Private equity is also expected to remain a significant driver for deals later this year and in to 2024, said O'Donnell. Sponsors have for the past year or so been hoping to come to market with long-held assets, particularly consumer businesses, but were unable to launch processes owing to the challenging market conditions, he added.

On the lower mid-market, particularly businesses owned by founders, some are looking for options as they look to derisk their positions either through a partial equity sale or a full sale, said Flowers. After going through the pandemic and the ensuring volatility, many owners are now realizing that a lot of their wealth have been tied up in one place, he added.


With many processes now in a holding pattern, many sellside advisors are holding bilateral talks with a handful of potential buyers as they look to test market appetite.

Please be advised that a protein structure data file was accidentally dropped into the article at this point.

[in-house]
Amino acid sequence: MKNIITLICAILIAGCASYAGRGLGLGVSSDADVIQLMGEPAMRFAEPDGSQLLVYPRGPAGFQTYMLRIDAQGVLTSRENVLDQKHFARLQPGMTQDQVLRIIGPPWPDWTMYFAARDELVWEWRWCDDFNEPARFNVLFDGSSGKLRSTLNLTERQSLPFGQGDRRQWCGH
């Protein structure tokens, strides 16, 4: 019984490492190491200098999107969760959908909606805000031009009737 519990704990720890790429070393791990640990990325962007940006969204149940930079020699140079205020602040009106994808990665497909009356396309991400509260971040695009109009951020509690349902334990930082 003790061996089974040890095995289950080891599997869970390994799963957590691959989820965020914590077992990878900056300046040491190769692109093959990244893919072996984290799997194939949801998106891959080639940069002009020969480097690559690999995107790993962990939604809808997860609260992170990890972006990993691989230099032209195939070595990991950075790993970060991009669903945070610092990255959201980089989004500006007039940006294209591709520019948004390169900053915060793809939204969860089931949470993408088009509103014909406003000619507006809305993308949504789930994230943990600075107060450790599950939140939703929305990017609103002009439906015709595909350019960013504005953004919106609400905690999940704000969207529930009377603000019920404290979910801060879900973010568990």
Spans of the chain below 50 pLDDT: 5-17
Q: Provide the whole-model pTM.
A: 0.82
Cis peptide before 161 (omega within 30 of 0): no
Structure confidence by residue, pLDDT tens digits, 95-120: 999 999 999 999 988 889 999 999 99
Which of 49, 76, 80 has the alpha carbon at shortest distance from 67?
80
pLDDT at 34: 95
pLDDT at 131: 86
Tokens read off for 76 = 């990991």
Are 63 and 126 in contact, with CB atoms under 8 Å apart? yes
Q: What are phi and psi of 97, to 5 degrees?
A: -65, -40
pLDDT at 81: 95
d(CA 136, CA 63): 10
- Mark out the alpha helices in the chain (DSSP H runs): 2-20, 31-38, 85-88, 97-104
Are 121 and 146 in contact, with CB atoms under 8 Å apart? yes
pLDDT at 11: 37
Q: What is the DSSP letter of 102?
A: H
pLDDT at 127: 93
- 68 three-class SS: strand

Practically, market testing can mean introducing targets to potential buyers, typically to trade some 12-24 months before any formal sale processes, with an off-market sale a potential outcome from the introduction, Browne said.

Meanwhile, other advisors such as FRP are also also seeing an increasing use of dual-track mandates, with vendors looking at an M&A track, but also with a refinancing angle should its plan A option fail, or vice versa, said Flowers.

“People are having to look at the alternatives,” he said. “What we might see is a lot more is dual-track processes where M&A is a viable option, but at the same time, look at refinancing the business.”